Dogs/Grass - We have no grass in our garden.  We have lots of (pea) gravel, and our dog doesn't mind that at all.  It is easier to maintain than a lawn, and doesn't need regular watering.  Dog pee on grass will leave scorch marks, so think carefully before you go down the grass route.  

    With the right pots/troughs and planting, you can easily soften your patio.  Go big on the pots and troughs, and include shrubs in them.  We have found two things were essential in breaking up the hardness of our terracing;

    1) Height - Get as much height with the plants as you can.  Consider small trees, or tall shrubs/perennials/grasses.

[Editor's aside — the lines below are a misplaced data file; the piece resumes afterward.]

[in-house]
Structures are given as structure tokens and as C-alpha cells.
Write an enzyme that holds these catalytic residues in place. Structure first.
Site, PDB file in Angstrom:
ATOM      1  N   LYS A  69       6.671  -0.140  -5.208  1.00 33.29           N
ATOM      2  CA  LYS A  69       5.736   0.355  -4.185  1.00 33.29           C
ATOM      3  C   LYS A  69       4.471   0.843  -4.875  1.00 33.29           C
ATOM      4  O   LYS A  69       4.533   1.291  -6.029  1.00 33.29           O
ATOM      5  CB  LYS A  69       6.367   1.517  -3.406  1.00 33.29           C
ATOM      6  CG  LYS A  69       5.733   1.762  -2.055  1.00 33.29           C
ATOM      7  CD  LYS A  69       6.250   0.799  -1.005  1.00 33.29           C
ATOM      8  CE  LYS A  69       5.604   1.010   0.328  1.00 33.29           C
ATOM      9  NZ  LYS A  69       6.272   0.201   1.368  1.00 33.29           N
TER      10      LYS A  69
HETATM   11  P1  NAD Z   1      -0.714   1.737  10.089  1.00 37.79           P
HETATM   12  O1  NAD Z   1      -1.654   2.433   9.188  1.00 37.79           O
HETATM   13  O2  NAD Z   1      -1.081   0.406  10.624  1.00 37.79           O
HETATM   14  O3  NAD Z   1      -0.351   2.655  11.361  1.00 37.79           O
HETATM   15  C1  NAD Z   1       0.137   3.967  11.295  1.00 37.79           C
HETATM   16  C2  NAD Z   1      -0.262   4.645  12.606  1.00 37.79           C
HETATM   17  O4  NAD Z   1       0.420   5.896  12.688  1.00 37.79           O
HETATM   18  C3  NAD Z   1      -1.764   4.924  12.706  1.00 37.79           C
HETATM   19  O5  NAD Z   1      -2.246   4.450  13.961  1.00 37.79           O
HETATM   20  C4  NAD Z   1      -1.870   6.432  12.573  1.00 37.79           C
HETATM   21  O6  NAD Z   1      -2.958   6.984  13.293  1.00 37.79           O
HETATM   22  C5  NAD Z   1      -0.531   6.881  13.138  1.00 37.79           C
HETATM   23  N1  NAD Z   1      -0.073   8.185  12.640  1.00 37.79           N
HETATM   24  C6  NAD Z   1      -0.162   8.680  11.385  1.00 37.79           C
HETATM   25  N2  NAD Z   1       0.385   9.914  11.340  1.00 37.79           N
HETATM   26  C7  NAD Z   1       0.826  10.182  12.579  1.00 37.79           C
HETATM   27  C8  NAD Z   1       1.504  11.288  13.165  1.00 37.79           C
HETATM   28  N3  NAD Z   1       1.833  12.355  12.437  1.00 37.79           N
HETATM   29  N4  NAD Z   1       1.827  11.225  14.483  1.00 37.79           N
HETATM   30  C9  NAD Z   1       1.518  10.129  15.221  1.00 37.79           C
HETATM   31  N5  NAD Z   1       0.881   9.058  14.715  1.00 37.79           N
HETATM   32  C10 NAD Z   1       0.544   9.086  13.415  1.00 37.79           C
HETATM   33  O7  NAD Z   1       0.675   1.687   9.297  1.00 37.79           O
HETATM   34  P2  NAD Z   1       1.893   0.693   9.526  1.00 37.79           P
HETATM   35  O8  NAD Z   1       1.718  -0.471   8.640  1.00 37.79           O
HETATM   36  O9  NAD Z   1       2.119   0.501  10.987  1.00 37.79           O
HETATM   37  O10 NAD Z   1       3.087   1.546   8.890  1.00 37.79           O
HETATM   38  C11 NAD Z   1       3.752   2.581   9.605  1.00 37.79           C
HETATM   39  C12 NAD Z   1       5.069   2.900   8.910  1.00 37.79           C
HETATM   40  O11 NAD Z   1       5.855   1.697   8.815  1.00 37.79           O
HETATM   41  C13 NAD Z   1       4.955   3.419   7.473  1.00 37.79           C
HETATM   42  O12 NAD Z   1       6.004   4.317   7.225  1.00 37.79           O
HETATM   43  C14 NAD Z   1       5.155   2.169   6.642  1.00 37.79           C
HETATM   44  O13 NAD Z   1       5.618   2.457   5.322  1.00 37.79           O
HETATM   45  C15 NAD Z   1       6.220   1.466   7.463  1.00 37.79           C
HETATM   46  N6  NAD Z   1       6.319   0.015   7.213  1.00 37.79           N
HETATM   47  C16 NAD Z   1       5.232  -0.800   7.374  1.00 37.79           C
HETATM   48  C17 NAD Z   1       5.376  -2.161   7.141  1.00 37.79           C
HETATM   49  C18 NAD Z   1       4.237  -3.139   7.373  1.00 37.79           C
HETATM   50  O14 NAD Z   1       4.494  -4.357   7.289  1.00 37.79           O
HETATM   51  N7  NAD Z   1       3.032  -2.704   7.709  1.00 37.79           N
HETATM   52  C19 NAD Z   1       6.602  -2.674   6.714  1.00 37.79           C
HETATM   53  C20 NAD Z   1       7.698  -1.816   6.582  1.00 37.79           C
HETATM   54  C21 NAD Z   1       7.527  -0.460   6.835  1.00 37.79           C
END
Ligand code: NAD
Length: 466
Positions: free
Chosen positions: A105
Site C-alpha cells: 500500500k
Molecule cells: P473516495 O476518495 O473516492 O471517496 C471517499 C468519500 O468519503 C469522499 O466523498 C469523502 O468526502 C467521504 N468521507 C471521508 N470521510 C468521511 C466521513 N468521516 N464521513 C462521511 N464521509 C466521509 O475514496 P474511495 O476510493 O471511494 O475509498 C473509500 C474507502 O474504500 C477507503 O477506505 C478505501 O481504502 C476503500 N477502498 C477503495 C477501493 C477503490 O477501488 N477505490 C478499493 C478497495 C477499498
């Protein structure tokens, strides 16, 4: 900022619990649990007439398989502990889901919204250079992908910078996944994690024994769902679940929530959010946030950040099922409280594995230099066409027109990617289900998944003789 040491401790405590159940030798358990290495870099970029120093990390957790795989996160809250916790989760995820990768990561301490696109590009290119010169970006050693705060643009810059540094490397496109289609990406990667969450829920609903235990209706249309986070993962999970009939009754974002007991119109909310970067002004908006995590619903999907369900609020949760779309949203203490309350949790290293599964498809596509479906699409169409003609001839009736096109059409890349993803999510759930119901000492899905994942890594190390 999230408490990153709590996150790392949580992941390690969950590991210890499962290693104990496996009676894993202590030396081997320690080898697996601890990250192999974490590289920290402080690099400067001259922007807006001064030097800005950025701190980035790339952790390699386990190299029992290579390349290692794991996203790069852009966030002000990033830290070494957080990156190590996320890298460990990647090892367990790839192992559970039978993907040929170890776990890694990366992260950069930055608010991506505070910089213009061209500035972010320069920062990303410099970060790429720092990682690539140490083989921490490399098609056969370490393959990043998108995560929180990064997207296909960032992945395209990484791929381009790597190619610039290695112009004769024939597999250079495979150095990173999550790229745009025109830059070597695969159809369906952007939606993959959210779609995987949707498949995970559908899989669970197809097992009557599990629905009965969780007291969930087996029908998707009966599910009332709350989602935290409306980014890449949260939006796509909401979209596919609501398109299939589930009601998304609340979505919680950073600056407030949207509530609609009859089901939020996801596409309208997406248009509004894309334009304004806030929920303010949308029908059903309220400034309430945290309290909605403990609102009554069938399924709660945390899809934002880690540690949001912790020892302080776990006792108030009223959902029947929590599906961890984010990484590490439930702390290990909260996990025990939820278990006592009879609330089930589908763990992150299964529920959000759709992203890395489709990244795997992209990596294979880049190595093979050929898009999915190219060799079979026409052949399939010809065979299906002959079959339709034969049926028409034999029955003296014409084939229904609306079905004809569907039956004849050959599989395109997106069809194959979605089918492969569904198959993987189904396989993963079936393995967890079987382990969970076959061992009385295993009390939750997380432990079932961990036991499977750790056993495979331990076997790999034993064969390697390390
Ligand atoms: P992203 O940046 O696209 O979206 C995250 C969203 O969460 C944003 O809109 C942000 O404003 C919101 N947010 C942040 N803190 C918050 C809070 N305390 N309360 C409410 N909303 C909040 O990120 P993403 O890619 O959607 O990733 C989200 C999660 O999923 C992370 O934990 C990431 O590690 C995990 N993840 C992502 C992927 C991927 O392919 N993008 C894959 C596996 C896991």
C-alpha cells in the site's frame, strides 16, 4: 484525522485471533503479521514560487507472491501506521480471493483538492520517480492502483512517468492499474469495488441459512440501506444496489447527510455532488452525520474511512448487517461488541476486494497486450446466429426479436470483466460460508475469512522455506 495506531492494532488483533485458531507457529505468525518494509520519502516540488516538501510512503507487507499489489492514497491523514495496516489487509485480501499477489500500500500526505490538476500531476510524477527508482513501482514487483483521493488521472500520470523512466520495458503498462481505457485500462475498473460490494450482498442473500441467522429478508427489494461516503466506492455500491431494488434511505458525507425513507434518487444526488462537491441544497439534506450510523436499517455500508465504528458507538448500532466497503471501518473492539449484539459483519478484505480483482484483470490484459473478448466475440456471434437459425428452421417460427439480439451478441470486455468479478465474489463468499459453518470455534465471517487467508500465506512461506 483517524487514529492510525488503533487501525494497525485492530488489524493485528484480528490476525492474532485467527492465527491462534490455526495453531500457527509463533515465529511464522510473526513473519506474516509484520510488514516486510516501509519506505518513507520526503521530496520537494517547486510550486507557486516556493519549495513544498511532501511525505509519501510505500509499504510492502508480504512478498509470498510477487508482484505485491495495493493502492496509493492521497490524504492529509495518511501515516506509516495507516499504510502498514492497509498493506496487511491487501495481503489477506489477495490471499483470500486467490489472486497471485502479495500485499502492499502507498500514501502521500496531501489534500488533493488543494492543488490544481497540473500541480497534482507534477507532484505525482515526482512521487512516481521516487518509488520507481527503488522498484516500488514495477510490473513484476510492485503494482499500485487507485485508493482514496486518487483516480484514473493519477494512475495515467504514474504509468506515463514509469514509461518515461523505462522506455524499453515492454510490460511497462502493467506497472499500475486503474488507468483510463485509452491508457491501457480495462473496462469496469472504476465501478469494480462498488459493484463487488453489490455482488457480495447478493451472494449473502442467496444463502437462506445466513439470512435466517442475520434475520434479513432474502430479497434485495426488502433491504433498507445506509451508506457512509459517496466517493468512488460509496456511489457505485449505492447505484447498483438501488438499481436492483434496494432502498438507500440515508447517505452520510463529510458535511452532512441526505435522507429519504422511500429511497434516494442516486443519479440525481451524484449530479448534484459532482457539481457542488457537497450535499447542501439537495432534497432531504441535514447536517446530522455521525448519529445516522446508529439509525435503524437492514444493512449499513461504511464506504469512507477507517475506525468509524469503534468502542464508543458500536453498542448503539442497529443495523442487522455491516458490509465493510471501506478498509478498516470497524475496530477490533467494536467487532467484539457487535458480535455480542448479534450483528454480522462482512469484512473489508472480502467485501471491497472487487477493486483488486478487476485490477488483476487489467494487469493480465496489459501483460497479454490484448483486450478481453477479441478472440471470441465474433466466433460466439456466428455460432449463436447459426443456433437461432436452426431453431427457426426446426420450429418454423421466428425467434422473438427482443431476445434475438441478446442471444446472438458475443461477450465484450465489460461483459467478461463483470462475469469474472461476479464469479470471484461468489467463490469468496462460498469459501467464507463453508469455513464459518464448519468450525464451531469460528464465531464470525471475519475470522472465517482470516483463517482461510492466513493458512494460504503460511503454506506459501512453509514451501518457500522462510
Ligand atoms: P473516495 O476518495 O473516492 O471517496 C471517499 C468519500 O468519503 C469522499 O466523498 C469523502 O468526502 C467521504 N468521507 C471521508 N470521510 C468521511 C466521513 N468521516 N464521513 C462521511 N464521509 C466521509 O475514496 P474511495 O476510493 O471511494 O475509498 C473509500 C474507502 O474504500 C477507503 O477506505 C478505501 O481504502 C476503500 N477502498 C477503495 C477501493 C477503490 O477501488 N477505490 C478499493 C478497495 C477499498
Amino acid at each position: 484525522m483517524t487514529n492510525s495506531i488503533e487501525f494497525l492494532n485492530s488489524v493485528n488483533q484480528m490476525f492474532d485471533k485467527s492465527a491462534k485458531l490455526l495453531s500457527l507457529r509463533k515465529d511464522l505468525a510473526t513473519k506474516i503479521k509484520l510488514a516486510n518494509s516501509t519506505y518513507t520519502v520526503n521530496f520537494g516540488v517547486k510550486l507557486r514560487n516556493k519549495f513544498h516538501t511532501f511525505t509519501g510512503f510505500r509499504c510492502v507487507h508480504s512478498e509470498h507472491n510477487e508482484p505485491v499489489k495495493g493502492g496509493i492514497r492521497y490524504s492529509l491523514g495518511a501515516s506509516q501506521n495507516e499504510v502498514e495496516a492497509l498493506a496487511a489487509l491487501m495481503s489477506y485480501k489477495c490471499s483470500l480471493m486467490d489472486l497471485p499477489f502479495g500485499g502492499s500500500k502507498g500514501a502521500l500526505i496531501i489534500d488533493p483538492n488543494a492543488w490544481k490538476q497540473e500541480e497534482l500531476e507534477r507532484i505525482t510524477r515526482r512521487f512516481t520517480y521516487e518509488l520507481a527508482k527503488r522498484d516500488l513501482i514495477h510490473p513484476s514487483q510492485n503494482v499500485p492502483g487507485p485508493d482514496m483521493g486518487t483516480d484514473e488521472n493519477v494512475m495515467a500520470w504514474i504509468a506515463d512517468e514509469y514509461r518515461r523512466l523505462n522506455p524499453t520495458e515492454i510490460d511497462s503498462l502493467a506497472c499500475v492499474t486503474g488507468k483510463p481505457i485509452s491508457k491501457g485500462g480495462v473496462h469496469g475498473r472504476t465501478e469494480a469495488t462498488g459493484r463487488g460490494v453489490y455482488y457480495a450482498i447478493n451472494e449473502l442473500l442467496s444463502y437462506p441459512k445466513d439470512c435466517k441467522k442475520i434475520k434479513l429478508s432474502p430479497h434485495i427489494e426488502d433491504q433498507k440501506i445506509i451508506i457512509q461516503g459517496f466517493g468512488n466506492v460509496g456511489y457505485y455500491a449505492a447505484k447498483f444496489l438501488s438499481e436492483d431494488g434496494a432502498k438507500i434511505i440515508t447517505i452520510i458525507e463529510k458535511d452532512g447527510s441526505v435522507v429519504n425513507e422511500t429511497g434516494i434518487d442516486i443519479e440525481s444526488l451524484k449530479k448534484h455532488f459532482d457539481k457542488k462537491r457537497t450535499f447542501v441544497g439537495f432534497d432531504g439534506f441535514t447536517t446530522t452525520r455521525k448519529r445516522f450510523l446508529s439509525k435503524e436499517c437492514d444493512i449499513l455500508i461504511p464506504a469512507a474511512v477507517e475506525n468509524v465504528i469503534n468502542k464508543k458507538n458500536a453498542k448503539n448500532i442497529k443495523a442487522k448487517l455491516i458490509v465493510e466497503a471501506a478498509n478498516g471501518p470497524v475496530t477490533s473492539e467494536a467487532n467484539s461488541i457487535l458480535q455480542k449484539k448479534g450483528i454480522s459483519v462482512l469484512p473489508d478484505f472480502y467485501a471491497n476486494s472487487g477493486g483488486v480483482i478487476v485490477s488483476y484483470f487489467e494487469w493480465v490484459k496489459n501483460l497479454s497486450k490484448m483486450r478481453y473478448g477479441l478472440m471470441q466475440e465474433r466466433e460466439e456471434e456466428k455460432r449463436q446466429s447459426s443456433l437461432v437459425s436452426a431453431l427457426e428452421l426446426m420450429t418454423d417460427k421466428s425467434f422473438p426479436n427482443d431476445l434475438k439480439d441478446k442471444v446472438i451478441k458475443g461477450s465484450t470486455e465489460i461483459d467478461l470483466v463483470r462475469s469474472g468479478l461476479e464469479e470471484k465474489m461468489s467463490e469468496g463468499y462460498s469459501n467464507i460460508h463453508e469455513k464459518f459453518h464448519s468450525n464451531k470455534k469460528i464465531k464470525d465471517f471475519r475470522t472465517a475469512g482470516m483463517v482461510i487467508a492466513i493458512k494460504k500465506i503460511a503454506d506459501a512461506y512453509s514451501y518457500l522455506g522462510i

2) Grasses - These are fantastic at softening any garden, and add movement and drama.  We have lots of them.

    I have thousands of photos that I could share, but if you have some specific questions, then perhaps I can share photos with some solutions.  Don't despair, you will have a dramatic garden when you have finished!
  • You dont identify North, which will help us.

    Also, I think you need to block the view of that conservatory both ways.
    “Rivers know this ... we will get there in the end.”
  • You dont identify North, which will help us.

    Also, I think you need to block the view of that conservatory both ways.
    Sorry! The garden faces North East. I thought I had included that but maybe not, sorry.

    Agreed! We will definitely be redoing the fence, probably a 6 foot feather edge. 
  • Jac19Jac19 Worthing, South Coast of EnglandPosts: 496
    edited September 2021
    Lots of tiled patio means lots of large pots, and large pots are expensive.  They need some maintenance, too.